Harley-Davidson (NYSE: HOG) is trying to reverse its four-year long sales slide, but the actions it's taking may be ineffective, or actually doing more harm than good. The latest initiatives, which expand its riding academies and partner with rental agencies, offer a mixed bag of sorts. Both programs make sense and are part of CEO Matt Levatich's commitment to bring 2 million new riders to the brand over the next 10 years, but there's a downside too.
The rider training programs get more people on a bike, teach them how to ride properly, and, by doing it through a Harley-Davidson dealership that provides the bike to learn on, can potentially generate a halo effect that results in new riders buying a new Harley. Similarly, the rental program offers the potential for people to have a positive experience on a Harley, which will lead them to buy the latest models.
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The problems may arise in the execution.
Get on and ride
Harley-Davidson is expanding the rider training program that was launched in 2000 at about 50 dealerships. It has since grown to five times that number and has trained tens of thousands of riders to safely ride a motorcycle. In June 2017, Harley-Davidson offered to teach an entire town to ride, got 70% of the residents to participate, and 15% to 20% ultimately went on to buy a new Harley-Davidson. Sure, the town had fewer than 100 residents, but it showed the potential of what was possible.
The problem is that Harley has run this campaign numerous times over the years, kick-starting it over again each time with little real progress made.
For example, in 2014 the Harley-Davidson Riding Academy made it possible for students to learn on a bike provided by the dealer. It had recently introduced its new Street line of bikes, and the 500 model was provided to students to use during the four-day course. It seemed intuitive that sales of Street 500s might rise after students graduated.
Although it may have helped a little, sales of Street bikes, both the 500 and 750 models, have long since tailed off. Last quarter, Harley-Davidson reported that shipments of Sportster and Street bikes fell 14% year over year and they're down nearly 11% year to date. At this time last year shipments were essentially flat through the first three quarters, though its third-quarter shipments were down 13% from the prior period.
There's something to be said about generating goodwill from training new riders, investors just shouldn't expect bikes to begin flying off the dealer lots as a result.
The same goes with Harley-Davidson's exclusive partnership with EagleRider, a global motorcycle rental agency, or what company co-founder Chris McIntyre calls "an experience company." Started with just four bikes in a garage, it has become the largest rental company in the adventure travel industry, a $300 billion global opportunity.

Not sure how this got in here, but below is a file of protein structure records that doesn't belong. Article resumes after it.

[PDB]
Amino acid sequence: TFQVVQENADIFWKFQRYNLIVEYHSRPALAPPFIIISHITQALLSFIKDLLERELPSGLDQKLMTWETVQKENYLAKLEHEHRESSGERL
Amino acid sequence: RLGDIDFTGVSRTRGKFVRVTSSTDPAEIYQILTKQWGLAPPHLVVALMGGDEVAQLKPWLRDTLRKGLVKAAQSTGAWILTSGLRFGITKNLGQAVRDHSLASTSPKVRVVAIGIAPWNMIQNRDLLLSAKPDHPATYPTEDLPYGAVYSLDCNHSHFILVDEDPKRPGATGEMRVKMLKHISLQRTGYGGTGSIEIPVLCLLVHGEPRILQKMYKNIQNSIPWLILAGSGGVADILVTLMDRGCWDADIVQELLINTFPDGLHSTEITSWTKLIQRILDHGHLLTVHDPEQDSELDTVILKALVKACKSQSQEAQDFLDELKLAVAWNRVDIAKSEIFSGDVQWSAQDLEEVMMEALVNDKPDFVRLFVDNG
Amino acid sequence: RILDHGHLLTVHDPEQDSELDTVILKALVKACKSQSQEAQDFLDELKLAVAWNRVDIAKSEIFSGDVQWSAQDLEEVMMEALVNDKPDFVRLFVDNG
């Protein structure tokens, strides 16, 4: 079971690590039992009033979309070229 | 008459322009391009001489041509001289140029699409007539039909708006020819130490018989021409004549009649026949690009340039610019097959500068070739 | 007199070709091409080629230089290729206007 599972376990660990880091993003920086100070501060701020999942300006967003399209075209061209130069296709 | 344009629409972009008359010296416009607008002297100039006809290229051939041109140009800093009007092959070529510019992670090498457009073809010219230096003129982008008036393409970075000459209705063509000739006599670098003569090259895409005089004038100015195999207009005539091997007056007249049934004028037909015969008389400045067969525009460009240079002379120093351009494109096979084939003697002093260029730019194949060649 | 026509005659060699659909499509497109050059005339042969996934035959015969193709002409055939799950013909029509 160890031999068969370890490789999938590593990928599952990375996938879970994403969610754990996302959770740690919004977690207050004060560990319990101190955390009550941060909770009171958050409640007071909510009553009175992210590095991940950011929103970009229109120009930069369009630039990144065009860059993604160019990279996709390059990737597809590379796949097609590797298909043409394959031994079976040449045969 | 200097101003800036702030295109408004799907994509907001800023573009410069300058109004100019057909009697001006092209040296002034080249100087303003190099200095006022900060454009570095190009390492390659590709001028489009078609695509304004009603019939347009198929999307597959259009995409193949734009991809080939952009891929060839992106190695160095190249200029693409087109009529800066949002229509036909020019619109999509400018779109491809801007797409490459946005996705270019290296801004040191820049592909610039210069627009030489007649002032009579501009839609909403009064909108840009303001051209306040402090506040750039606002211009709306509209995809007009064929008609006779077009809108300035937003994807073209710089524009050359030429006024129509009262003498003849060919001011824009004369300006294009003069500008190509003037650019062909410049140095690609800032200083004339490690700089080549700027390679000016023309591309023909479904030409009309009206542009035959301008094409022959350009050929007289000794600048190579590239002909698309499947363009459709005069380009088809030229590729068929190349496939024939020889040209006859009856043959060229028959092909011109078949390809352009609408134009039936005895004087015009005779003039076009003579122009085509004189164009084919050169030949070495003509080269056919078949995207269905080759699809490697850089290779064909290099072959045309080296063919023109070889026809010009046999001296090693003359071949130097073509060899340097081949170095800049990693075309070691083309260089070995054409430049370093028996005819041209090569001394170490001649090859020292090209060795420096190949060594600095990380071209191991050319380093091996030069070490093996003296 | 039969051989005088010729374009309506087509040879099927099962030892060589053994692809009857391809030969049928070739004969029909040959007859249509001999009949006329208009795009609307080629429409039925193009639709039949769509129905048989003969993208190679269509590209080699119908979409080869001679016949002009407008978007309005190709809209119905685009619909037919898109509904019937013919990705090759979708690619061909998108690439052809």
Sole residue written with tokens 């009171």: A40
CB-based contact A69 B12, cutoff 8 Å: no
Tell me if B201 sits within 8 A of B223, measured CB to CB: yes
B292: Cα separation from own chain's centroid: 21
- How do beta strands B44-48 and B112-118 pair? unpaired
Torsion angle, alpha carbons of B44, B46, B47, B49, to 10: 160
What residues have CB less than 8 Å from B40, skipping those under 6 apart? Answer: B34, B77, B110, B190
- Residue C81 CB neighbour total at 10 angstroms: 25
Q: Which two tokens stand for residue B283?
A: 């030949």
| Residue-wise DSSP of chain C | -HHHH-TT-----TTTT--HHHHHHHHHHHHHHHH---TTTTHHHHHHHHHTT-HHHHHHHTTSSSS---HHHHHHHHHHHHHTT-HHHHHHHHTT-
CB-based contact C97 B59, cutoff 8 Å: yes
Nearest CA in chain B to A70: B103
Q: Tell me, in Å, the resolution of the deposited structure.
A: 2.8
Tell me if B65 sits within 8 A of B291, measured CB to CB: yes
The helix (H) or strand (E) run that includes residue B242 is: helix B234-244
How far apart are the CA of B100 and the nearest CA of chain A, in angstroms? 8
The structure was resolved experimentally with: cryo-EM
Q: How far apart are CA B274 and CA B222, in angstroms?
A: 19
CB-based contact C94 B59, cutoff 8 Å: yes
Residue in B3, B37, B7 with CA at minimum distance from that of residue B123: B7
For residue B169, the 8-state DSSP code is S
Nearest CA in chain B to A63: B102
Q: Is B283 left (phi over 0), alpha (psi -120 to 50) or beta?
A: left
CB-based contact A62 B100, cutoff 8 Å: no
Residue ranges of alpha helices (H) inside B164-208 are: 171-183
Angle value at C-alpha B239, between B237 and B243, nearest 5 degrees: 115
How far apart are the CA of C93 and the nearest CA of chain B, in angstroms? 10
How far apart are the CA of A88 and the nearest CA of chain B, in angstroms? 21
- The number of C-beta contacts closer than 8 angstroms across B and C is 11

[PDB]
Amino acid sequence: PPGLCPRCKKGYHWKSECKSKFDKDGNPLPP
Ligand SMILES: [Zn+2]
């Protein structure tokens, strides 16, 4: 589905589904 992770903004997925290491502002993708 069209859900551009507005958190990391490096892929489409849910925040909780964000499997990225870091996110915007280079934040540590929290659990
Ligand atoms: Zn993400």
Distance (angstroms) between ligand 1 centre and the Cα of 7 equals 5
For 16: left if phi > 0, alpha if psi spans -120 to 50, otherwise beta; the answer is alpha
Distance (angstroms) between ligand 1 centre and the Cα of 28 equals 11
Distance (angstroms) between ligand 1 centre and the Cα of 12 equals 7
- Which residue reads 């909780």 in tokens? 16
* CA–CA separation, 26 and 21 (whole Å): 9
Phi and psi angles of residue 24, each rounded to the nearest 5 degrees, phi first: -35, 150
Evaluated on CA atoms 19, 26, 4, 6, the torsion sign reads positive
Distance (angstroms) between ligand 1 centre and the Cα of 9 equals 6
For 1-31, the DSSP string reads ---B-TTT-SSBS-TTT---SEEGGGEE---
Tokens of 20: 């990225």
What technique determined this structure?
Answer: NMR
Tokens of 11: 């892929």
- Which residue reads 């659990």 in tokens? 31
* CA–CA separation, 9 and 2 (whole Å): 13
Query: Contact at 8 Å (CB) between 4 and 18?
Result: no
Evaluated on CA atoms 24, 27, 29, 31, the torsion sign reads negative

EagleRider will be partnering with approximately 150 Harley dealers in the coming months to provide riders the opportunity to walk into a dealer, experience a unique trip of their own choosing or one mapped out by the rental agency, and drop off the motorcycle near their destination.
Harley views it again as an opportunity to build its ridership base by giving renters a chance to cruise the country aboard a Harley-Davidson motorcycle. The thinking is, once experiencing the exhilarating thrill of the bikes, the riders will come back and buy one, particularly as EagleRider will sometimes have access to the newest models, sometimes before they're even on the dealers' showroom floors.
While that could bring new riders or riders new to the Harley brand the chance to experience what it's like to ride a Harley -- Harley-Davidson's are the bikes most in demand with EagleRider -- McIntyre does admit many renters are existing Harley owners. In many ways, EagleRider is the more interesting story, and it's possible its partnership could spur new sales, but probably not at the rates some might expect.
Also, not all dealers have bought into the idea. When Harley ran a previous rental program, it was done in-house and when the used bikes were finally taken out of the program and sold, the dealers got part of the profit from the sale. Now the bikes belong to EagleRider and the dealers are cut out of the loop.
While there is certainly an argument to be made in favor of the two programs the bike maker is using to increase Harley's halo effect, they're not going to move the needle, at least not anytime soon. The Riding Academy and EagleRider rental partnership may be two avenues to bolster the long-term reputation of Harley-Davidson as the premiere motorcycle company, but in terms of putting dollars in its dealers' pockets and moving more motorcycles off the showroom floors, their impact may be limited.
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